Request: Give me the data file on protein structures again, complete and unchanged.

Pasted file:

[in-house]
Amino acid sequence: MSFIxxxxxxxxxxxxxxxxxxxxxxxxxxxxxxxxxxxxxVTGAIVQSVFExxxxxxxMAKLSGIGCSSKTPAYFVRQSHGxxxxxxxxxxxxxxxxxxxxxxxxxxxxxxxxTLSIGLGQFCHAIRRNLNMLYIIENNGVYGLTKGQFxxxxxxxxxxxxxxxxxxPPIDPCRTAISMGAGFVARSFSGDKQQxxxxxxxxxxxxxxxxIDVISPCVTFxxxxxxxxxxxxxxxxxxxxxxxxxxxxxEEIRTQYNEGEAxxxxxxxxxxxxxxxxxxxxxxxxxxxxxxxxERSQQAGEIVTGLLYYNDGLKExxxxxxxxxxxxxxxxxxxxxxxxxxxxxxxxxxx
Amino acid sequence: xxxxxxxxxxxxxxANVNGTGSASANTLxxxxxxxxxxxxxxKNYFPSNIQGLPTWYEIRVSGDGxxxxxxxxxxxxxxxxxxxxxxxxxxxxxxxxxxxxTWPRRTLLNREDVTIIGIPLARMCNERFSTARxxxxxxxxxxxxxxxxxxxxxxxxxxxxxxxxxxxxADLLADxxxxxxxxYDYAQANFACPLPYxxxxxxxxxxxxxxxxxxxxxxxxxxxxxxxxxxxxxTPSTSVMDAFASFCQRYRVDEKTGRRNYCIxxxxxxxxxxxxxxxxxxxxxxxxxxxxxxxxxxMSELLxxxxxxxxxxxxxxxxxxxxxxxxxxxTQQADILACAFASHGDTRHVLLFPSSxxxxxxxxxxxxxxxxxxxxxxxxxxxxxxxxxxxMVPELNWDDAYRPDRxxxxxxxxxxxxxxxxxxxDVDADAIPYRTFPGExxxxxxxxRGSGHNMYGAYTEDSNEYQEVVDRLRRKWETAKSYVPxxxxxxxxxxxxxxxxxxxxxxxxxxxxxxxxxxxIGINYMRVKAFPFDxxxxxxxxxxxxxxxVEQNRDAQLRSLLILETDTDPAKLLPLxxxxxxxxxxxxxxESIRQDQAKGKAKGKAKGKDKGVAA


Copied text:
[in-house]
Amino acid sequence: MSFIxxxxxxxxxxxxxxxxxxxxxxxxxxxxxxxxxxxxxVTGAIVQSVFExxxxxxxMAKLSGIGCSSKTPAYFVRQSHGxxxxxxxxxxxxxxxxxxxxxxxxxxxxxxxxTLSIGLGQFCHAIRRNLNMLYIIENNGVYGLTKGQFxxxxxxxxxxxxxxxxxxPPIDPCRTAISMGAGFVARSFSGDKQQxxxxxxxxxxxxxxxxIDVISPCVTFxxxxxxxxxxxxxxxxxxxxxxxxxxxxxEEIRTQYNEGEAxxxxxxxxxxxxxxxxxxxxxxxxxxxxxxxxERSQQAGEIVTGLLYYNDGLKExxxxxxxxxxxxxxxxxxxxxxxxxxxxxxxxxxx
Amino acid sequence: xxxxxxxxxxxxxxANVNGTGSASANTLxxxxxxxxxxxxxxKNYFPSNIQGLPTWYEIRVSGDGxxxxxxxxxxxxxxxxxxxxxxxxxxxxxxxxxxxxTWPRRTLLNREDVTIIGIPLARMCNERFSTARxxxxxxxxxxxxxxxxxxxxxxxxxxxxxxxxxxxxADLLADxxxxxxxxYDYAQANFACPLPYxxxxxxxxxxxxxxxxxxxxxxxxxxxxxxxxxxxxxTPSTSVMDAFASFCQRYRVDEKTGRRNYCIxxxxxxxxxxxxxxxxxxxxxxxxxxxxxxxxxxMSELLxxxxxxxxxxxxxxxxxxxxxxxxxxxTQQADILACAFASHGDTRHVLLFPSSxxxxxxxxxxxxxxxxxxxxxxxxxxxxxxxxxxxMVPELNWDDAYRPDRxxxxxxxxxxxxxxxxxxxDVDADAIPYRTFPGExxxxxxxxRGSGHNMYGAYTEDSNEYQEVVDRLRRKWETAKSYVPxxxxxxxxxxxxxxxxxxxxxxxxxxxxxxxxxxxIGINYMRVKAFPFDxxxxxxxxxxxxxxxVEQNRDAQLRSLLILETDTDPAKLLPLxxxxxxxxxxxxxxESIRQDQAKGKAKGKAKGKDKGVAA